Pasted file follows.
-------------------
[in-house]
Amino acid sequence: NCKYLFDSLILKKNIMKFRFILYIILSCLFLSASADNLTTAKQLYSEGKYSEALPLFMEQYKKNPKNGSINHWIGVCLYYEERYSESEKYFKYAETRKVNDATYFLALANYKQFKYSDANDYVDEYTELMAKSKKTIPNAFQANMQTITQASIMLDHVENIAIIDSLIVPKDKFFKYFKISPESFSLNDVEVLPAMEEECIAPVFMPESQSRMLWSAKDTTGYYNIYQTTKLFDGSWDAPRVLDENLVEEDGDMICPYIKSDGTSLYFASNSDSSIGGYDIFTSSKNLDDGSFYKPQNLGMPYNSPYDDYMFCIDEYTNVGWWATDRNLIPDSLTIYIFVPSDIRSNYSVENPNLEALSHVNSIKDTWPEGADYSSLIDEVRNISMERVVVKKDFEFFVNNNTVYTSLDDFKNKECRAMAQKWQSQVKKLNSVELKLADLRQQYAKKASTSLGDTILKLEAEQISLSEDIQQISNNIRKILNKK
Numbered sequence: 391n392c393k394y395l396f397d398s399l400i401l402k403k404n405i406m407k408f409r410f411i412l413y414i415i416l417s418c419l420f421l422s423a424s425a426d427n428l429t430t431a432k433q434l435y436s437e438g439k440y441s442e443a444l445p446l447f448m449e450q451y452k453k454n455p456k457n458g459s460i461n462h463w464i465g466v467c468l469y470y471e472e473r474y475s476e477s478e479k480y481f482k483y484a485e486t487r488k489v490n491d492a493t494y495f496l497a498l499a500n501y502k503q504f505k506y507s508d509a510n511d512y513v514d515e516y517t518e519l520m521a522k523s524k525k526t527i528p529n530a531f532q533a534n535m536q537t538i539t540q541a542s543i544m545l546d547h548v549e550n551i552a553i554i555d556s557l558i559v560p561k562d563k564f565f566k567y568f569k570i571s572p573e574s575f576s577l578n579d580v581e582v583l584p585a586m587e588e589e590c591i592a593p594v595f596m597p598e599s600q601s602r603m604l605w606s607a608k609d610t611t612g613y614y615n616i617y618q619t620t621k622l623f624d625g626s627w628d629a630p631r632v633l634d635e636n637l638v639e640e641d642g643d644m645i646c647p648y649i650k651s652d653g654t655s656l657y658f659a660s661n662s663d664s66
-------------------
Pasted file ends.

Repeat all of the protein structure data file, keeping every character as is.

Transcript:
[in-house]
Amino acid sequence: NCKYLFDSLILKKNIMKFRFILYIILSCLFLSASADNLTTAKQLYSEGKYSEALPLFMEQYKKNPKNGSINHWIGVCLYYEERYSESEKYFKYAETRKVNDATYFLALANYKQFKYSDANDYVDEYTELMAKSKKTIPNAFQANMQTITQASIMLDHVENIAIIDSLIVPKDKFFKYFKISPESFSLNDVEVLPAMEEECIAPVFMPESQSRMLWSAKDTTGYYNIYQTTKLFDGSWDAPRVLDENLVEEDGDMICPYIKSDGTSLYFASNSDSSIGGYDIFTSSKNLDDGSFYKPQNLGMPYNSPYDDYMFCIDEYTNVGWWATDRNLIPDSLTIYIFVPSDIRSNYSVENPNLEALSHVNSIKDTWPEGADYSSLIDEVRNISMERVVVKKDFEFFVNNNTVYTSLDDFKNKECRAMAQKWQSQVKKLNSVELKLADLRQQYAKKASTSLGDTILKLEAEQISLSEDIQQISNNIRKILNKK
Numbered sequence: 391n392c393k394y395l396f397d398s399l400i401l402k403k404n405i406m407k408f409r410f411i412l413y414i415i416l417s418c419l420f421l422s423a424s425a426d427n428l429t430t431a432k433q434l435y436s437e438g439k440y441s442e443a444l445p446l447f448m449e450q451y452k453k454n455p456k457n458g459s460i461n462h463w464i465g466v467c468l469y470y471e472e473r474y475s476e477s478e479k480y481f482k483y484a485e486t487r488k489v490n491d492a493t494y495f496l497a498l499a500n501y502k503q504f505k506y507s508d509a510n511d512y513v514d515e516y517t518e519l520m521a522k523s524k525k526t527i528p529n530a531f532q533a534n535m536q537t538i539t540q541a542s543i544m545l546d547h548v549e550n551i552a553i554i555d556s557l558i559v560p561k562d563k564f565f566k567y568f569k570i571s572p573e574s575f576s577l578n579d580v581e582v583l584p585a586m587e588e589e590c591i592a593p594v595f596m597p598e599s600q601s602r603m604l605w606s607a608k609d610t611t612g613y614y615n616i617y618q619t620t621k622l623f624d625g626s627w628d629a630p631r632v633l634d635e636n637l638v639e640e641d642g643d644m645i646c647p648y649i650k651s652d653g654t655s656l657y658f659a660s661n662s663d664s66